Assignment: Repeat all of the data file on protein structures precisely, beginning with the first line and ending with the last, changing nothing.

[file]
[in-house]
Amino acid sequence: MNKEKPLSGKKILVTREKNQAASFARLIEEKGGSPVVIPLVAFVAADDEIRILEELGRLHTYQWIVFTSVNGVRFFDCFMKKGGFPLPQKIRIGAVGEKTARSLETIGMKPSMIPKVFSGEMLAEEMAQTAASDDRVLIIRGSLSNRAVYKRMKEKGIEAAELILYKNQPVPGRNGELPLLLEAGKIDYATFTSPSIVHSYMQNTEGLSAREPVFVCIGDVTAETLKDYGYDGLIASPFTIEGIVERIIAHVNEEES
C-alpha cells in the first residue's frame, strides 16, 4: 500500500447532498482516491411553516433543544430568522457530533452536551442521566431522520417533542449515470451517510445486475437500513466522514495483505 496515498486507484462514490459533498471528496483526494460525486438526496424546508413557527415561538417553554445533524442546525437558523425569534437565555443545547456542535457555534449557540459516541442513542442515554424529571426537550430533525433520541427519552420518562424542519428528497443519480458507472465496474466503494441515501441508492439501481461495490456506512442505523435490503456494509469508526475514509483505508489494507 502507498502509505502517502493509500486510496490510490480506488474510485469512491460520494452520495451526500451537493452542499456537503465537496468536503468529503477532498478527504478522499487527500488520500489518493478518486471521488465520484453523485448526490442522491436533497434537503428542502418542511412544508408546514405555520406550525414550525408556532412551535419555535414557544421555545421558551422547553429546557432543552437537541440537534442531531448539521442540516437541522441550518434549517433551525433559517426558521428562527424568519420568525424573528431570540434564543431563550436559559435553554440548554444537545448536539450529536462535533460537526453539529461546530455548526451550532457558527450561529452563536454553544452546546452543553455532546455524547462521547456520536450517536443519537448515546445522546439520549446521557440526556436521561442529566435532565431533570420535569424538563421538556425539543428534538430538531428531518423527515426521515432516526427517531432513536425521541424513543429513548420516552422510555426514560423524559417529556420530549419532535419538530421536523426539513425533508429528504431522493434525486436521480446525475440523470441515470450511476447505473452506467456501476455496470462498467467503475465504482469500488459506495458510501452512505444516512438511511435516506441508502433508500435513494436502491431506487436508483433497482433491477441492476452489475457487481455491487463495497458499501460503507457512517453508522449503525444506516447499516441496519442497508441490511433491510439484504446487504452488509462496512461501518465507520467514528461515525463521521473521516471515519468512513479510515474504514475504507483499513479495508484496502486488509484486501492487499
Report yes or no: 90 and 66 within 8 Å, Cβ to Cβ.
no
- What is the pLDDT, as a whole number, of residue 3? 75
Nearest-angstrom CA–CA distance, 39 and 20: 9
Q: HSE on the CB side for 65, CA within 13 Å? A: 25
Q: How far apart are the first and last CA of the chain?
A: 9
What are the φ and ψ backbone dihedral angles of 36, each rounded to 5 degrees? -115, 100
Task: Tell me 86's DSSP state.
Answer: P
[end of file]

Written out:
[in-house]
Amino acid sequence: MNKEKPLSGKKILVTREKNQAASFARLIEEKGGSPVVIPLVAFVAADDEIRILEELGRLHTYQWIVFTSVNGVRFFDCFMKKGGFPLPQKIRIGAVGEKTARSLETIGMKPSMIPKVFSGEMLAEEMAQTAASDDRVLIIRGSLSNRAVYKRMKEKGIEAAELILYKNQPVPGRNGELPLLLEAGKIDYATFTSPSIVHSYMQNTEGLSAREPVFVCIGDVTAETLKDYGYDGLIASPFTIEGIVERIIAHVNEEES
C-alpha cells in the first residue's frame, strides 16, 4: 500500500447532498482516491411553516433543544430568522457530533452536551442521566431522520417533542449515470451517510445486475437500513466522514495483505 496515498486507484462514490459533498471528496483526494460525486438526496424546508413557527415561538417553554445533524442546525437558523425569534437565555443545547456542535457555534449557540459516541442513542442515554424529571426537550430533525433520541427519552420518562424542519428528497443519480458507472465496474466503494441515501441508492439501481461495490456506512442505523435490503456494509469508526475514509483505508489494507 502507498502509505502517502493509500486510496490510490480506488474510485469512491460520494452520495451526500451537493452542499456537503465537496468536503468529503477532498478527504478522499487527500488520500489518493478518486471521488465520484453523485448526490442522491436533497434537503428542502418542511412544508408546514405555520406550525414550525408556532412551535419555535414557544421555545421558551422547553429546557432543552437537541440537534442531531448539521442540516437541522441550518434549517433551525433559517426558521428562527424568519420568525424573528431570540434564543431563550436559559435553554440548554444537545448536539450529536462535533460537526453539529461546530455548526451550532457558527450561529452563536454553544452546546452543553455532546455524547462521547456520536450517536443519537448515546445522546439520549446521557440526556436521561442529566435532565431533570420535569424538563421538556425539543428534538430538531428531518423527515426521515432516526427517531432513536425521541424513543429513548420516552422510555426514560423524559417529556420530549419532535419538530421536523426539513425533508429528504431522493434525486436521480446525475440523470441515470450511476447505473452506467456501476455496470462498467467503475465504482469500488459506495458510501452512505444516512438511511435516506441508502433508500435513494436502491431506487436508483433497482433491477441492476452489475457487481455491487463495497458499501460503507457512517453508522449503525444506516447499516441496519442497508441490511433491510439484504446487504452488509462496512461501518465507520467514528461515525463521521473521516471515519468512513479510515474504514475504507483499513479495508484496502486488509484486501492487499
Report yes or no: 90 and 66 within 8 Å, Cβ to Cβ.
no
- What is the pLDDT, as a whole number, of residue 3? 75
Nearest-angstrom CA–CA distance, 39 and 20: 9
Q: HSE on the CB side for 65, CA within 13 Å? A: 25
Q: How far apart are the first and last CA of the chain?
A: 9
What are the φ and ψ backbone dihedral angles of 36, each rounded to 5 degrees? -115, 100
Task: Tell me 86's DSSP state.
Answer: P